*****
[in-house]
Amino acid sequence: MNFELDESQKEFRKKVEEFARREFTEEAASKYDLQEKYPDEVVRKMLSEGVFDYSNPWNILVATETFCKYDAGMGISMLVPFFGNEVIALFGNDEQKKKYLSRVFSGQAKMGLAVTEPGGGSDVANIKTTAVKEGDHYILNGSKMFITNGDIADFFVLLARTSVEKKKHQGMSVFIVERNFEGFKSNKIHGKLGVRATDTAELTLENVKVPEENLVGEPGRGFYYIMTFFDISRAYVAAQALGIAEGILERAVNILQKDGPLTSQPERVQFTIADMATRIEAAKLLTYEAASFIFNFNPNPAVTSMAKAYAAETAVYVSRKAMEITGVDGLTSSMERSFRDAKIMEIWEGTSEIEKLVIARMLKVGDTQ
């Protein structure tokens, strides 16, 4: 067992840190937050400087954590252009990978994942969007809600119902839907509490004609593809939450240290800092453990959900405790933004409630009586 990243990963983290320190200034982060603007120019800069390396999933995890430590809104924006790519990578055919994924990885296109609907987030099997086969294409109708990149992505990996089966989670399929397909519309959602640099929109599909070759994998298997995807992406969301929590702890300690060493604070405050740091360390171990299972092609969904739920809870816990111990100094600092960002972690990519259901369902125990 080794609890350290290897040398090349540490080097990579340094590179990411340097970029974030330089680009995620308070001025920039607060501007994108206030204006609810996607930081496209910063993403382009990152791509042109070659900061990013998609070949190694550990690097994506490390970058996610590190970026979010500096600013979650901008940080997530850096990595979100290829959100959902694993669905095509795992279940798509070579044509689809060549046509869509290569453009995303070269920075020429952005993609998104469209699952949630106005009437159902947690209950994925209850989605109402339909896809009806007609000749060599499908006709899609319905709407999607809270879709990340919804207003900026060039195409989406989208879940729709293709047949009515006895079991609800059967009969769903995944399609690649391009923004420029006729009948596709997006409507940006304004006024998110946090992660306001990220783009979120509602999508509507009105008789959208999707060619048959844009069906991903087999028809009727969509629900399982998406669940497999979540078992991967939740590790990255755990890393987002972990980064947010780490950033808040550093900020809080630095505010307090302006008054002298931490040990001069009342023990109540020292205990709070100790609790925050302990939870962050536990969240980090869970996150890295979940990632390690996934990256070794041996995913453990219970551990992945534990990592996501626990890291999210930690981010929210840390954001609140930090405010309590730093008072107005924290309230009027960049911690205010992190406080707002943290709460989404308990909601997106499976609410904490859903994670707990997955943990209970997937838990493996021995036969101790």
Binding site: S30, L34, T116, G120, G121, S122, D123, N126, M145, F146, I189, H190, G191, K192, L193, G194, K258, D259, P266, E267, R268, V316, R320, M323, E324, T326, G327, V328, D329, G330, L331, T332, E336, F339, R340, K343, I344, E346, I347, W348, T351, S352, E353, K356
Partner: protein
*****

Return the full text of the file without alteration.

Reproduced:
[in-house]
Amino acid sequence: MNFELDESQKEFRKKVEEFARREFTEEAASKYDLQEKYPDEVVRKMLSEGVFDYSNPWNILVATETFCKYDAGMGISMLVPFFGNEVIALFGNDEQKKKYLSRVFSGQAKMGLAVTEPGGGSDVANIKTTAVKEGDHYILNGSKMFITNGDIADFFVLLARTSVEKKKHQGMSVFIVERNFEGFKSNKIHGKLGVRATDTAELTLENVKVPEENLVGEPGRGFYYIMTFFDISRAYVAAQALGIAEGILERAVNILQKDGPLTSQPERVQFTIADMATRIEAAKLLTYEAASFIFNFNPNPAVTSMAKAYAAETAVYVSRKAMEITGVDGLTSSMERSFRDAKIMEIWEGTSEIEKLVIARMLKVGDTQ
């Protein structure tokens, strides 16, 4: 067992840190937050400087954590252009990978994942969007809600119902839907509490004609593809939450240290800092453990959900405790933004409630009586 990243990963983290320190200034982060603007120019800069390396999933995890430590809104924006790519990578055919994924990885296109609907987030099997086969294409109708990149992505990996089966989670399929397909519309959602640099929109599909070759994998298997995807992406969301929590702890300690060493604070405050740091360390171990299972092609969904739920809870816990111990100094600092960002972690990519259901369902125990 080794609890350290290897040398090349540490080097990579340094590179990411340097970029974030330089680009995620308070001025920039607060501007994108206030204006609810996607930081496209910063993403382009990152791509042109070659900061990013998609070949190694550990690097994506490390970058996610590190970026979010500096600013979650901008940080997530850096990595979100290829959100959902694993669905095509795992279940798509070579044509689809060549046509869509290569453009995303070269920075020429952005993609998104469209699952949630106005009437159902947690209950994925209850989605109402339909896809009806007609000749060599499908006709899609319905709407999607809270879709990340919804207003900026060039195409989406989208879940729709293709047949009515006895079991609800059967009969769903995944399609690649391009923004420029006729009948596709997006409507940006304004006024998110946090992660306001990220783009979120509602999508509507009105008789959208999707060619048959844009069906991903087999028809009727969509629900399982998406669940497999979540078992991967939740590790990255755990890393987002972990980064947010780490950033808040550093900020809080630095505010307090302006008054002298931490040990001069009342023990109540020292205990709070100790609790925050302990939870962050536990969240980090869970996150890295979940990632390690996934990256070794041996995913453990219970551990992945534990990592996501626990890291999210930690981010929210840390954001609140930090405010309590730093008072107005924290309230009027960049911690205010992190406080707002943290709460989404308990909601997106499976609410904490859903994670707990997955943990209970997937838990493996021995036969101790």
Binding site: S30, L34, T116, G120, G121, S122, D123, N126, M145, F146, I189, H190, G191, K192, L193, G194, K258, D259, P266, E267, R268, V316, R320, M323, E324, T326, G327, V328, D329, G330, L331, T332, E336, F339, R340, K343, I344, E346, I347, W348, T351, S352, E353, K356
Partner: protein